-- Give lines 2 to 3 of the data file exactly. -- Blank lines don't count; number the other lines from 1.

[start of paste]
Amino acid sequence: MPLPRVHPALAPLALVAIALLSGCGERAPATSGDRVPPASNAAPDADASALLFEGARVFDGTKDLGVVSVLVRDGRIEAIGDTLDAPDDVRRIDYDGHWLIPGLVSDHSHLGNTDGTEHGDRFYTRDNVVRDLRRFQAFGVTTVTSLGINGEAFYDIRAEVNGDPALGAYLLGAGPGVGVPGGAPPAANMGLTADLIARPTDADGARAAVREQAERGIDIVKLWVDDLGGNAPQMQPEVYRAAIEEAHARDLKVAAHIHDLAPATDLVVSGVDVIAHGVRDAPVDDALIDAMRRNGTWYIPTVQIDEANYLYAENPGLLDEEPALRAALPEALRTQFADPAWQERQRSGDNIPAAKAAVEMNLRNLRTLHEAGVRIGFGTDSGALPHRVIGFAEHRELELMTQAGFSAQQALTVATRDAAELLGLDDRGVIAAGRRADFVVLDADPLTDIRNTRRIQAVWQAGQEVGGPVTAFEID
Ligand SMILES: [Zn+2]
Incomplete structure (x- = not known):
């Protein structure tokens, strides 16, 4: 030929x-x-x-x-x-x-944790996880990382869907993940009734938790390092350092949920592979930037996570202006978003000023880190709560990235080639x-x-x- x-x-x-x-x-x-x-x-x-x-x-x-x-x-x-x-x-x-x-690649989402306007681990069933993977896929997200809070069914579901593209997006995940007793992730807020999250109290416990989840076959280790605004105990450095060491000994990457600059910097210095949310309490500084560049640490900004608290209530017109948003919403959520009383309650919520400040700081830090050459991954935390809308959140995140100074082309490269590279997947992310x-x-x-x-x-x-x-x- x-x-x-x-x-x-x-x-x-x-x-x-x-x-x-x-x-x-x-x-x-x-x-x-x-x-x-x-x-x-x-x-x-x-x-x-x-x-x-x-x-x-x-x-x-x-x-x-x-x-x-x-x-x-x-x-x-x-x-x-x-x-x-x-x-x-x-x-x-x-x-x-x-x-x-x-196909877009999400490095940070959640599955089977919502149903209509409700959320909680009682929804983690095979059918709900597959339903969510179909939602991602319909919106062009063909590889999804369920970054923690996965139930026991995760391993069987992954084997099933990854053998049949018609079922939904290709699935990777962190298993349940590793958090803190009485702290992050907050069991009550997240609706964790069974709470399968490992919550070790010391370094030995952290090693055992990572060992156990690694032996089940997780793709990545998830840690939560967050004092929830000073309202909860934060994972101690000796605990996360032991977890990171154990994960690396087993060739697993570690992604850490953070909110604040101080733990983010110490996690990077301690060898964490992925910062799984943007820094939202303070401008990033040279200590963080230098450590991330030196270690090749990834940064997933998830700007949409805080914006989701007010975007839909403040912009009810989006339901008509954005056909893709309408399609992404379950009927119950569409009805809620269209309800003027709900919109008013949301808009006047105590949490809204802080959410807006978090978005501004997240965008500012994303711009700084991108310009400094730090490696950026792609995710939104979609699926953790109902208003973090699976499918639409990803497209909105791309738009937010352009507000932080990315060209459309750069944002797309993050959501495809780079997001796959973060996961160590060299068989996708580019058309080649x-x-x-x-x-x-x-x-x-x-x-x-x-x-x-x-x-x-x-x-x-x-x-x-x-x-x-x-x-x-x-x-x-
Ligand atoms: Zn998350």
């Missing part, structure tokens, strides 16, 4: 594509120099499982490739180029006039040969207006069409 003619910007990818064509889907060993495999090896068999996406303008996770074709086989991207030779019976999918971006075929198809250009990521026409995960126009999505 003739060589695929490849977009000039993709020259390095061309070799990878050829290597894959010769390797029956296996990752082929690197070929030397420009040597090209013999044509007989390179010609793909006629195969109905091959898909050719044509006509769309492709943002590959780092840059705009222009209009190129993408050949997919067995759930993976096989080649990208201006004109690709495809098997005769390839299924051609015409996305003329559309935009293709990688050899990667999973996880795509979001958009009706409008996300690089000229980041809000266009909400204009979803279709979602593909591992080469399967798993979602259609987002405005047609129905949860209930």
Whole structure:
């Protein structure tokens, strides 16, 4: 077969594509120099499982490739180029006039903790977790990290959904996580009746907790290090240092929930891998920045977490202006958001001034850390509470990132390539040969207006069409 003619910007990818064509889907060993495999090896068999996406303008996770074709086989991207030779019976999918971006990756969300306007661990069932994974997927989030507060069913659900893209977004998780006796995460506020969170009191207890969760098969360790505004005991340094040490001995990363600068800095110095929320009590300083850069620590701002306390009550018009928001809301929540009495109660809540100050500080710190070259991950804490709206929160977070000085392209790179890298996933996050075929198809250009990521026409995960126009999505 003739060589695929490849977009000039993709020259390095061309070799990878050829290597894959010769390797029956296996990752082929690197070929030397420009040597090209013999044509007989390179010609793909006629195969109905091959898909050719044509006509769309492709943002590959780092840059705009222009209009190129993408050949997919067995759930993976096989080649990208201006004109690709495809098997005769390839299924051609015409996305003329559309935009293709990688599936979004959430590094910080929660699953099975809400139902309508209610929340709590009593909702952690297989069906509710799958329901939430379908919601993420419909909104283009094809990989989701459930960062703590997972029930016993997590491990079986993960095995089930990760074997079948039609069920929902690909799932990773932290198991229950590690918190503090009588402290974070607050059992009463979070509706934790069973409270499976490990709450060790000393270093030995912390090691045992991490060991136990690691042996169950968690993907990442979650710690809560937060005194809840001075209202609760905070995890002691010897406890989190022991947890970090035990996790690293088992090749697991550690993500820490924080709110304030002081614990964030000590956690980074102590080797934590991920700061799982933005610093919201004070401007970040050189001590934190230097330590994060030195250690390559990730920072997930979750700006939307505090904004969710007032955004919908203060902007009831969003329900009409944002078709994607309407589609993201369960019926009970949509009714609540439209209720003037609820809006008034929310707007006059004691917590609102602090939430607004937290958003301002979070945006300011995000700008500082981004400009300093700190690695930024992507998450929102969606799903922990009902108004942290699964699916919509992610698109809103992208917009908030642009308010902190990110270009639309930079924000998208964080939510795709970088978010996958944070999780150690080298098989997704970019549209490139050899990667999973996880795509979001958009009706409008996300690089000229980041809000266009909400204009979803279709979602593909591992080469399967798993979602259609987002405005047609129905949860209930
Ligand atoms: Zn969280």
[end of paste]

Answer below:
Ligand SMILES: [Zn+2]
Incomplete structure (x- = not known):